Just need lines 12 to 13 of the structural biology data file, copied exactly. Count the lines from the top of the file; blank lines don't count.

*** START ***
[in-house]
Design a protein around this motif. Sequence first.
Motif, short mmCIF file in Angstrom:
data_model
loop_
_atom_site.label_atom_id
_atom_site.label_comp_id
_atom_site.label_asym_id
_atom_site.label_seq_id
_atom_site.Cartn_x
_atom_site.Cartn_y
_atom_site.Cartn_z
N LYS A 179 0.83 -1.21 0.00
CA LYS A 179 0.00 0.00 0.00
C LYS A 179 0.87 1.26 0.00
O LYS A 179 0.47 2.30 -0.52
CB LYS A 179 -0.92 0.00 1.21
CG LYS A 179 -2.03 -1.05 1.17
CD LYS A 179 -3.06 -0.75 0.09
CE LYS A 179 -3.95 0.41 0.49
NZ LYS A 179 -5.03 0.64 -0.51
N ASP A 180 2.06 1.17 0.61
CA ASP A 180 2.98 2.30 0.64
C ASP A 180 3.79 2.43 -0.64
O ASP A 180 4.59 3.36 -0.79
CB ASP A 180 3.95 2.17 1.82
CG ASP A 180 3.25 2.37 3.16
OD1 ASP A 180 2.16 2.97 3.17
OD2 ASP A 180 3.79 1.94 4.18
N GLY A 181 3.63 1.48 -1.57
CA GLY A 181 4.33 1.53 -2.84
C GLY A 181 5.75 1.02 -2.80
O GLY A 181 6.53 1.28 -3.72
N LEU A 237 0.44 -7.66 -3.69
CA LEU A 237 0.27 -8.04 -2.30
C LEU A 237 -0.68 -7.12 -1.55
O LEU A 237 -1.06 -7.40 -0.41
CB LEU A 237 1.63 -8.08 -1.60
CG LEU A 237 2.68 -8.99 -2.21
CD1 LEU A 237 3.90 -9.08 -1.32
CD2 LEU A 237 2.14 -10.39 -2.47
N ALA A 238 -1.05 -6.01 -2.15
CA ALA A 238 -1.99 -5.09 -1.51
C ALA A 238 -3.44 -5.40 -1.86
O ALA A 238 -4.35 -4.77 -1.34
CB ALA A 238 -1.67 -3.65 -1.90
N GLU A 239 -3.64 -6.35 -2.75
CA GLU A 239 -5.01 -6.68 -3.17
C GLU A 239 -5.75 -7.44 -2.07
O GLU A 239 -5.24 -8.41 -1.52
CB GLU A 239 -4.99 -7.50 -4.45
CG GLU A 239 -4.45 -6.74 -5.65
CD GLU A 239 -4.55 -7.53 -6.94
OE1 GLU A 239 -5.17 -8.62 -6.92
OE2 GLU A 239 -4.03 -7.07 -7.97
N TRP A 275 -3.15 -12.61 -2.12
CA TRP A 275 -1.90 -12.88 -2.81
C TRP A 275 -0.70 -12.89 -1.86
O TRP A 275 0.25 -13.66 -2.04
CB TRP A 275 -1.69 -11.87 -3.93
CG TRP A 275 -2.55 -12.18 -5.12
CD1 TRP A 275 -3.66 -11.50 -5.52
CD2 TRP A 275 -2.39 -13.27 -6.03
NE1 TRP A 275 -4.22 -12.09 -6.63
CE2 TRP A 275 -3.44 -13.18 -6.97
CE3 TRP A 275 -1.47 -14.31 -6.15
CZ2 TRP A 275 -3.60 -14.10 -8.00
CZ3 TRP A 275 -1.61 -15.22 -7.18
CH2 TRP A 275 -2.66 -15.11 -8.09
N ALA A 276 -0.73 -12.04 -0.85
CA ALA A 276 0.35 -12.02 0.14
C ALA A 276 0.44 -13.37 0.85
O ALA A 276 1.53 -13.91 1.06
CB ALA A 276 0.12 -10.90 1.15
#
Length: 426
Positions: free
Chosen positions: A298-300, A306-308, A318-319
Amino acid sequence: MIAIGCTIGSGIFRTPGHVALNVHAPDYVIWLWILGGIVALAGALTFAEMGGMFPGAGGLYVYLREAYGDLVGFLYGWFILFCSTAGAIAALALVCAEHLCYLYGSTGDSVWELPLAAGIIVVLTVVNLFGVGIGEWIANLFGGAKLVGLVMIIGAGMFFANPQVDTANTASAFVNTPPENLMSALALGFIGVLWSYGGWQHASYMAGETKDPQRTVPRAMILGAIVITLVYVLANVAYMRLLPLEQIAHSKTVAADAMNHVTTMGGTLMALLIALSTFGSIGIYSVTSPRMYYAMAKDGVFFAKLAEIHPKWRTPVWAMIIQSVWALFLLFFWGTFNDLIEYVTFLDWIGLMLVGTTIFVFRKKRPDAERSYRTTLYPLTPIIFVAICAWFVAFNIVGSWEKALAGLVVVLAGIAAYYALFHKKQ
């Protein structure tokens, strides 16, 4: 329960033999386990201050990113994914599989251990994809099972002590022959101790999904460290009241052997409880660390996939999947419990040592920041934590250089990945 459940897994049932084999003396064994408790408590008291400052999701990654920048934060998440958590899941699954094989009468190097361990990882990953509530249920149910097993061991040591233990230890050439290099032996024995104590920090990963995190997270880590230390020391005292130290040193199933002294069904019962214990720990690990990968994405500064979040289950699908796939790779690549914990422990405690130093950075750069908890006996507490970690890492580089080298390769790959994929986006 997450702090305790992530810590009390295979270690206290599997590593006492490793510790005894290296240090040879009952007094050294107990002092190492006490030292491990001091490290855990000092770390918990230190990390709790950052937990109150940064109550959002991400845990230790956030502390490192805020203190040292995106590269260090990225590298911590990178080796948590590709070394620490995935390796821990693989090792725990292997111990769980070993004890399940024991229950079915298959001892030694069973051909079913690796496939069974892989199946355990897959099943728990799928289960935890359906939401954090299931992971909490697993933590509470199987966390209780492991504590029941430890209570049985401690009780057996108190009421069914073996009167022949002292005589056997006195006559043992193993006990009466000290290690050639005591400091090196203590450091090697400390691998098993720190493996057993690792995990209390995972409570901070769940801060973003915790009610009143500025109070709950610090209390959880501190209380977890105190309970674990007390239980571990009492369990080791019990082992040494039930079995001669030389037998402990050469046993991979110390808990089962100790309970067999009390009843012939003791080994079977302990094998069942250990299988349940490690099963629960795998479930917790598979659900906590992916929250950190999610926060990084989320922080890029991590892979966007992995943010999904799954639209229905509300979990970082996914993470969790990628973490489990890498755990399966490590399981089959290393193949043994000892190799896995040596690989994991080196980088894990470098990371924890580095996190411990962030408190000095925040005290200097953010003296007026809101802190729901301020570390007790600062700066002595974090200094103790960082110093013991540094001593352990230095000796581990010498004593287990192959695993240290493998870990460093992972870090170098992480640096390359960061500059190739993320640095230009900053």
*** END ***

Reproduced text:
_atom_site.Cartn_z
N LYS A 179 0.83 -1.21 0.00